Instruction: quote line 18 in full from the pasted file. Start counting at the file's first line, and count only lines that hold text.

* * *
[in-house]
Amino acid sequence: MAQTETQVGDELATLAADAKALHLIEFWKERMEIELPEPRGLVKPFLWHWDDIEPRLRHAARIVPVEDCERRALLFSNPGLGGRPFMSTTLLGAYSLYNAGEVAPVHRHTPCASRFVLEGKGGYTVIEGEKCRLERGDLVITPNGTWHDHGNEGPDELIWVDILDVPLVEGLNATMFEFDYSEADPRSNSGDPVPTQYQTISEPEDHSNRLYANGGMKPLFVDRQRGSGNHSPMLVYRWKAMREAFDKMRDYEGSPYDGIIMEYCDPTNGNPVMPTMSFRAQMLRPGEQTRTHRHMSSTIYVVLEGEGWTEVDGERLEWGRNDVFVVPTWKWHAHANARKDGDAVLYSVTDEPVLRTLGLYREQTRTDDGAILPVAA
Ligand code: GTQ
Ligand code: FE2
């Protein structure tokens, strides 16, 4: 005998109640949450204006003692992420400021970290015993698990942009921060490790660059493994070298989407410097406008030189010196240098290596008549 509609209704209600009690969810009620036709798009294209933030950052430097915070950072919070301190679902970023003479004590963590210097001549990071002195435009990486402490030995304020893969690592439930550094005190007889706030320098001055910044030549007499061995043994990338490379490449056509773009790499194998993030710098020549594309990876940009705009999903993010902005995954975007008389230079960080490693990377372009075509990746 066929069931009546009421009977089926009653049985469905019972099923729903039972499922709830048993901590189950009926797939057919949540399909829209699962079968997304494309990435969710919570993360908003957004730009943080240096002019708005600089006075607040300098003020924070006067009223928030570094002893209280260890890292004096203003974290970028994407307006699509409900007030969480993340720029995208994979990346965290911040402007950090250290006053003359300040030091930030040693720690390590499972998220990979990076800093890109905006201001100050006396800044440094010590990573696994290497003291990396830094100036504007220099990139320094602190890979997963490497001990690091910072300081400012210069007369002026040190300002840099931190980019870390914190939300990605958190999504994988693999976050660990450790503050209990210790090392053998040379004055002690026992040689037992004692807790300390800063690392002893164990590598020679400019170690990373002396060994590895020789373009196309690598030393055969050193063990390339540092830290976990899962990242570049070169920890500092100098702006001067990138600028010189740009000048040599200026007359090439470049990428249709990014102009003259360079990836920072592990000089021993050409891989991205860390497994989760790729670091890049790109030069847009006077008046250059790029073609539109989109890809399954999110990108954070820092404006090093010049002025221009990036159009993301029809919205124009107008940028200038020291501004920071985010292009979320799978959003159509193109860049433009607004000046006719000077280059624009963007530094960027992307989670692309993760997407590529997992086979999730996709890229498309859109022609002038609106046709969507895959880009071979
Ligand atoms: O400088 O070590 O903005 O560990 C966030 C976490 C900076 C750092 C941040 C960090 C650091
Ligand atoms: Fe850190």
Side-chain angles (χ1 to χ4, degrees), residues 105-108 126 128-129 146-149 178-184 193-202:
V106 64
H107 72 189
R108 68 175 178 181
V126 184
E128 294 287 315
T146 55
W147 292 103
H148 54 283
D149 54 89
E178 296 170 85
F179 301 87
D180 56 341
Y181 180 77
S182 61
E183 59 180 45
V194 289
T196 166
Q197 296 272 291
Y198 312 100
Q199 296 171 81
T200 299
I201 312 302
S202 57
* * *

E178 296 170 85